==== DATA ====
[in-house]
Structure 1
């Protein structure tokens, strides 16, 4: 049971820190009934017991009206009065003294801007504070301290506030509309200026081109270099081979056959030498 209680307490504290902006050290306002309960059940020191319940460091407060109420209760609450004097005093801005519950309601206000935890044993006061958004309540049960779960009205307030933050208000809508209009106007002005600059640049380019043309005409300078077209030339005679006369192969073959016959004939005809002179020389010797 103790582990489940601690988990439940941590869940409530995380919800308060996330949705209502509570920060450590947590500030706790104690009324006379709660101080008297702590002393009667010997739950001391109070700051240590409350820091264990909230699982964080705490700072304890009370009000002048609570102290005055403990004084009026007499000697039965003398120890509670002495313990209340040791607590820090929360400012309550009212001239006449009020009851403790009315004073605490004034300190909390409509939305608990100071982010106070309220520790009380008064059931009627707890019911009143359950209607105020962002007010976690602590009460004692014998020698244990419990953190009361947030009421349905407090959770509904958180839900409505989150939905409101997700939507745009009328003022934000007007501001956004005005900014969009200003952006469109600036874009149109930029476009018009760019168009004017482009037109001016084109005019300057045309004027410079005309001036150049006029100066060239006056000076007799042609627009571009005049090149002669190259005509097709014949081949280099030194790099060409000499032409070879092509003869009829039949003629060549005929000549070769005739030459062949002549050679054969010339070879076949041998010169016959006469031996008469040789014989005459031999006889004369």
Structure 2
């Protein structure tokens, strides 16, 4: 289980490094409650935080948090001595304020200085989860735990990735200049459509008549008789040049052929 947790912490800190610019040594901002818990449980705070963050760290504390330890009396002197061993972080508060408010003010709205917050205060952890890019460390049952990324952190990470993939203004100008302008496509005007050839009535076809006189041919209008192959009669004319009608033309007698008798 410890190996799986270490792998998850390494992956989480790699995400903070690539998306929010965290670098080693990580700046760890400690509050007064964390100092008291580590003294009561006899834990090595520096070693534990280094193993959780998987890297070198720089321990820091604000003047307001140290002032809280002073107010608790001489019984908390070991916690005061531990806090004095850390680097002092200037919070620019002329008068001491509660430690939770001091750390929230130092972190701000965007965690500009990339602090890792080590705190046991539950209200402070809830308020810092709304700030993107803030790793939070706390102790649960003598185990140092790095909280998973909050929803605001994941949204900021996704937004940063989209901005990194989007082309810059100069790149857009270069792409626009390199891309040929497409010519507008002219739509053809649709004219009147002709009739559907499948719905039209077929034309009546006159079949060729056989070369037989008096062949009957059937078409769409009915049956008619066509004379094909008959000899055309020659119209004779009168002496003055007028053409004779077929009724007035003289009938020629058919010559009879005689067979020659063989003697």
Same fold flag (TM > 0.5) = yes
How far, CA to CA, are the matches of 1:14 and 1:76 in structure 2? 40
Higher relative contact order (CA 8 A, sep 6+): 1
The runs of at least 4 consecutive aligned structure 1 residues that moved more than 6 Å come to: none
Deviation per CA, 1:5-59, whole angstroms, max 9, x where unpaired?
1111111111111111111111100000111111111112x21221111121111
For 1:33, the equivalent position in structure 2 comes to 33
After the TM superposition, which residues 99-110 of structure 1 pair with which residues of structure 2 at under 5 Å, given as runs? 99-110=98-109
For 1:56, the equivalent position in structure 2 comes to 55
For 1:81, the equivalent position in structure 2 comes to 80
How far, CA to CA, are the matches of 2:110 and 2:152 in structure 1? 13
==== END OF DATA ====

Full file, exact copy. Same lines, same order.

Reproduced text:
[in-house]
Structure 1
């Protein structure tokens, strides 16, 4: 049971820190009934017991009206009065003294801007504070301290506030509309200026081109270099081979056959030498 209680307490504290902006050290306002309960059940020191319940460091407060109420209760609450004097005093801005519950309601206000935890044993006061958004309540049960779960009205307030933050208000809508209009106007002005600059640049380019043309005409300078077209030339005679006369192969073959016959004939005809002179020389010797 103790582990489940601690988990439940941590869940409530995380919800308060996330949705209502509570920060450590947590500030706790104690009324006379709660101080008297702590002393009667010997739950001391109070700051240590409350820091264990909230699982964080705490700072304890009370009000002048609570102290005055403990004084009026007499000697039965003398120890509670002495313990209340040791607590820090929360400012309550009212001239006449009020009851403790009315004073605490004034300190909390409509939305608990100071982010106070309220520790009380008064059931009627707890019911009143359950209607105020962002007010976690602590009460004692014998020698244990419990953190009361947030009421349905407090959770509904958180839900409505989150939905409101997700939507745009009328003022934000007007501001956004005005900014969009200003952006469109600036874009149109930029476009018009760019168009004017482009037109001016084109005019300057045309004027410079005309001036150049006029100066060239006056000076007799042609627009571009005049090149002669190259005509097709014949081949280099030194790099060409000499032409070879092509003869009829039949003629060549005929000549070769005739030459062949002549050679054969010339070879076949041998010169016959006469031996008469040789014989005459031999006889004369």
Structure 2
């Protein structure tokens, strides 16, 4: 289980490094409650935080948090001595304020200085989860735990990735200049459509008549008789040049052929 947790912490800190610019040594901002818990449980705070963050760290504390330890009396002197061993972080508060408010003010709205917050205060952890890019460390049952990324952190990470993939203004100008302008496509005007050839009535076809006189041919209008192959009669004319009608033309007698008798 410890190996799986270490792998998850390494992956989480790699995400903070690539998306929010965290670098080693990580700046760890400690509050007064964390100092008291580590003294009561006899834990090595520096070693534990280094193993959780998987890297070198720089321990820091604000003047307001140290002032809280002073107010608790001489019984908390070991916690005061531990806090004095850390680097002092200037919070620019002329008068001491509660430690939770001091750390929230130092972190701000965007965690500009990339602090890792080590705190046991539950209200402070809830308020810092709304700030993107803030790793939070706390102790649960003598185990140092790095909280998973909050929803605001994941949204900021996704937004940063989209901005990194989007082309810059100069790149857009270069792409626009390199891309040929497409010519507008002219739509053809649709004219009147002709009739559907499948719905039209077929034309009546006159079949060729056989070369037989008096062949009957059937078409769409009915049956008619066509004379094909008959000899055309020659119209004779009168002496003055007028053409004779077929009724007035003289009938020629058919010559009879005689067979020659063989003697």
Same fold flag (TM > 0.5) = yes
How far, CA to CA, are the matches of 1:14 and 1:76 in structure 2? 40
Higher relative contact order (CA 8 A, sep 6+): 1
The runs of at least 4 consecutive aligned structure 1 residues that moved more than 6 Å come to: none
Deviation per CA, 1:5-59, whole angstroms, max 9, x where unpaired?
1111111111111111111111100000111111111112x21221111121111
For 1:33, the equivalent position in structure 2 comes to 33
After the TM superposition, which residues 99-110 of structure 1 pair with which residues of structure 2 at under 5 Å, given as runs? 99-110=98-109
For 1:56, the equivalent position in structure 2 comes to 55
For 1:81, the equivalent position in structure 2 comes to 80
How far, CA to CA, are the matches of 2:110 and 2:152 in structure 1? 13